Slum dwellers call into question the effectiveness of militaristic responses to urban violence in a new film, ‘No One Left Behind’ produced by the Institute of Development Studies (IDS) and Shack/Slum Dwellers International (SDI) which will be screened at the United Nations Habitat III Conference.
Research for the film highlighted a grave security message from the poor: aggressive policy interventions led by institutions such as the police and military have had limited success and often create long-term instability. The research suggests that viewing urban violence in terms of a public health issue and supporting reformative interventions that foster a sense of shared ownership over public spaces can lead to sustainable gains.
The film highlights the threats to security and wellbeing that city communities in Afghanistan, Bolivia, Cambodia, Ghana, South Africa and Uganda face on a day to day basis. It also offers specific and optimistic proposals for positive and achievable change that contribute to the central ambition of the Global Goals to ‘leave no one behind’.
IDS’s Jaideep Gupte, who led the development of the film, said: “The persistence of localised poverty and vulnerability in cities represent major policy challenges of our time. Finding workable solutions to these challenges can only come from understanding the impacts of insecurity and exclusion on the day-to-day lives of the poorest and most marginalised in cities.”
Gupte continued, “Rather than ostracise or criminalise city dwellers through hard-nosed responses, the key is to involve the most marginalised in initiatives that address the challenges that face us all. This film shows, once again, that the most marginalised are the experts on their own condition, that they are willing to make the trade-offs and bargains needed to function in the city, and that they are continually innovating to improve their own prospects.”
Other recommendations from the research include: fostering urban safety through inclusive policies and practices, for example supporting community champions to continue to initiate local solutions to prevent violence; using innovative measures to accurately understand people’s vulnerabilities; police reform; and putting inclusivity at the heart of infrastructure.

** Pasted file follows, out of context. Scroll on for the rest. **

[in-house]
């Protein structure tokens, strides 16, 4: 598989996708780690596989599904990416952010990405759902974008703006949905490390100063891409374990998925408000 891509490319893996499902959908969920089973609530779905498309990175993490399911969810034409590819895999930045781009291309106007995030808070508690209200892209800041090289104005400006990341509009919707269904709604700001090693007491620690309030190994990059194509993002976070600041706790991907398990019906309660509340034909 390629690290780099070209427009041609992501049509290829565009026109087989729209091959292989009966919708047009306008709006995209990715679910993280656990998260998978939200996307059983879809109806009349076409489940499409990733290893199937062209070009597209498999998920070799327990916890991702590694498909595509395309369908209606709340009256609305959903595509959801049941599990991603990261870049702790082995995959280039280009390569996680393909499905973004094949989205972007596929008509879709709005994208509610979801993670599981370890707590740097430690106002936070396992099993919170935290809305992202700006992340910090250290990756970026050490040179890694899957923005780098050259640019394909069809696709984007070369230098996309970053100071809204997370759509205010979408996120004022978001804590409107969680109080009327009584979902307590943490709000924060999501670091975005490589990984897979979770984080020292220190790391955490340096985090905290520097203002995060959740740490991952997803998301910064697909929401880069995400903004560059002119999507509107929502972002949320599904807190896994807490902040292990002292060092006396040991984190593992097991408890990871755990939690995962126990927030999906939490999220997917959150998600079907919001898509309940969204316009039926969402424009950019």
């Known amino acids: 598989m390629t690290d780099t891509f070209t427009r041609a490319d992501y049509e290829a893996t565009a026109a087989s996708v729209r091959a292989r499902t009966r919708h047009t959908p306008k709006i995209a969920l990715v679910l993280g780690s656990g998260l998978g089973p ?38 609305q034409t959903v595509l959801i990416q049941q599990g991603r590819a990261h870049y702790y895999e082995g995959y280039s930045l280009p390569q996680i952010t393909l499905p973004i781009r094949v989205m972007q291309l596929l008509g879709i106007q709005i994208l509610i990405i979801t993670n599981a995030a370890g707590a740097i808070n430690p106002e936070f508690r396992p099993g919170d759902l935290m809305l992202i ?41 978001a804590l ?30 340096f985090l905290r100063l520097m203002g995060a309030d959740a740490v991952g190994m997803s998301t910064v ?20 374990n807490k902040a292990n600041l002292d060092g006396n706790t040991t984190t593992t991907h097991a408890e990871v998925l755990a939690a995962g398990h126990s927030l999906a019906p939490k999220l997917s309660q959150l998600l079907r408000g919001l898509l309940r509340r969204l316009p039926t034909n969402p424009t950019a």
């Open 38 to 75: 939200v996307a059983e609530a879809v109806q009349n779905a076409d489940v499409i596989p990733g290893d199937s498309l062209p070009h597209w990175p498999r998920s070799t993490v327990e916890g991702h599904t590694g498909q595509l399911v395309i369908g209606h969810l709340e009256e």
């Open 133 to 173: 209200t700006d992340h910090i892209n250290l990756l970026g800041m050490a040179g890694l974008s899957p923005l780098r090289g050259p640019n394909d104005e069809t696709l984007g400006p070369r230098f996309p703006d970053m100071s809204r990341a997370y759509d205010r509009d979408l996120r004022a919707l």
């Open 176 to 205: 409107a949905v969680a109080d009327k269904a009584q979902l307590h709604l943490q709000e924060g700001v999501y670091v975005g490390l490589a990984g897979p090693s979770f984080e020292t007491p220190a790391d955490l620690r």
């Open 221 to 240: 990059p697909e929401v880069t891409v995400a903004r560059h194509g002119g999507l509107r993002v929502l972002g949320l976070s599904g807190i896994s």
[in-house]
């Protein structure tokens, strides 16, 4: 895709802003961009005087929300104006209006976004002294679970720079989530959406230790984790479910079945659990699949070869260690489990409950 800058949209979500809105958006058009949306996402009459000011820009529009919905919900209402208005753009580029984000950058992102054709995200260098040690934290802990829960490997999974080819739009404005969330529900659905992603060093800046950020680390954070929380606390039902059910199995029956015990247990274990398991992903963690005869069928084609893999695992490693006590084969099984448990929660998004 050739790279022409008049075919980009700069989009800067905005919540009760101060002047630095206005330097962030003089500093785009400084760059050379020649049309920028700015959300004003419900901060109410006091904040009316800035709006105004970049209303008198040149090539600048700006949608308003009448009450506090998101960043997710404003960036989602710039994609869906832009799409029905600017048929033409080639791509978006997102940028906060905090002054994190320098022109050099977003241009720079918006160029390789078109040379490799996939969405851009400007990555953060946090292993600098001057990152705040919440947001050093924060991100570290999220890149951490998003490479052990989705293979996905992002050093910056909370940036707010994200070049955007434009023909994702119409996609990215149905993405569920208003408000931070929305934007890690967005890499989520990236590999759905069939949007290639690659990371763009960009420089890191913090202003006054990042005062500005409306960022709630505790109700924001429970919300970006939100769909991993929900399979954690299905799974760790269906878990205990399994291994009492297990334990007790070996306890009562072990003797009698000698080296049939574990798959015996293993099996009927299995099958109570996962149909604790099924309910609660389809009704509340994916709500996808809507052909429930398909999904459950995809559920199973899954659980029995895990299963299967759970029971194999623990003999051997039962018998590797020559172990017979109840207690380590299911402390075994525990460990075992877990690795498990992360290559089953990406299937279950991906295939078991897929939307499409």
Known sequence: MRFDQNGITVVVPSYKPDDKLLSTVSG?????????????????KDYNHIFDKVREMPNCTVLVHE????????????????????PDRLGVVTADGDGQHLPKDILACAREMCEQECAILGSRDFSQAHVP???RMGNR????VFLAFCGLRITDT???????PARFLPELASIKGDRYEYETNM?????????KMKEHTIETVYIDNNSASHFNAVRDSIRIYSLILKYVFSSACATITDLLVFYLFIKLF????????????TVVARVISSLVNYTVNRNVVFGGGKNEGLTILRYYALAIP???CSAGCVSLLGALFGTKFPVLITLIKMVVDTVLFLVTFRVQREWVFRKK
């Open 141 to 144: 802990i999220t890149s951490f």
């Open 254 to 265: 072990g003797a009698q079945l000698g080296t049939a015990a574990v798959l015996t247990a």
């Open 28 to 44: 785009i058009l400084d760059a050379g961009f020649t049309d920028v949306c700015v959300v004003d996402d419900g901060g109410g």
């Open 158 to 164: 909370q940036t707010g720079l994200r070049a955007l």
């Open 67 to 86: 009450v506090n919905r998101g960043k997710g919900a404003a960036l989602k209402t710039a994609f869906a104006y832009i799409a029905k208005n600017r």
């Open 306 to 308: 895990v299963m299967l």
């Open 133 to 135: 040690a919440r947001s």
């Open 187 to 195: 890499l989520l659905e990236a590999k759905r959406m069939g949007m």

The film, details of the event, and accompanying research papers are available for download at www.ids.ac.uk/safecities from 19 October 2016.
For more information or to request an interview with the researchers, contact Tina Nelis [+447749399332] or [email protected].
Notes to editor:
- The Institute of Development Studies (IDS) is a leading global institution for development research, teaching and learning, and impact and communications, based at the University of Sussex. Our vision is of equal and sustainable societies, locally and globally, where everyone can live secure, fulfilling lives free from poverty and injustice. We believe passionately that cutting-edge research, knowledge and evidence are crucial in shaping the changes needed for our broader vision to be realised, and to support people, societies and institutions to navigate the challenges ahead. www.ids.ac.uk
- Shack/Slum Dwellers International (SDI) is a network of community-based organisations of the urban poor in 33 countries and hundreds of cities and towns across Africa, Asia and Latin America. In each country where SDI has a presence, affiliate organisations come together at the community, city and national level to form federations of the urban poor. Since 1996, this network has helped to create a global voice of the urban poor, engaging international agencies and operating on the international stage in order to support and advance local struggles. Nevertheless, the principal theatre of practice for SDI’s constituent organisations is the local level: the informal settlements where the urban poor of the developing world struggle to build more inclusive cities, economies, and politics. www.sdinet.org/
- The research undertaken for the film was a collaboration between IDS and SDI in 6 focus countries: South Africa, Ghana, Uganda, Cambodia, Bolivia, and Afghanistan. The project aimed at exploring what a fruitful, violence-free life means to poor and marginalised city dwellers. The project is funded by the UK Department for International Development (DFID).
- Copies of the research paper and a one-page summary of key messages ‘Creating safe and inclusive cities that leave no one behind’ including more detailed analysis and mini-case studies on innovative interventions (in Colombia; India; South Africa; and the Solomon Islands), and urban approaches can be found at: www.ids.ac.uk/safecities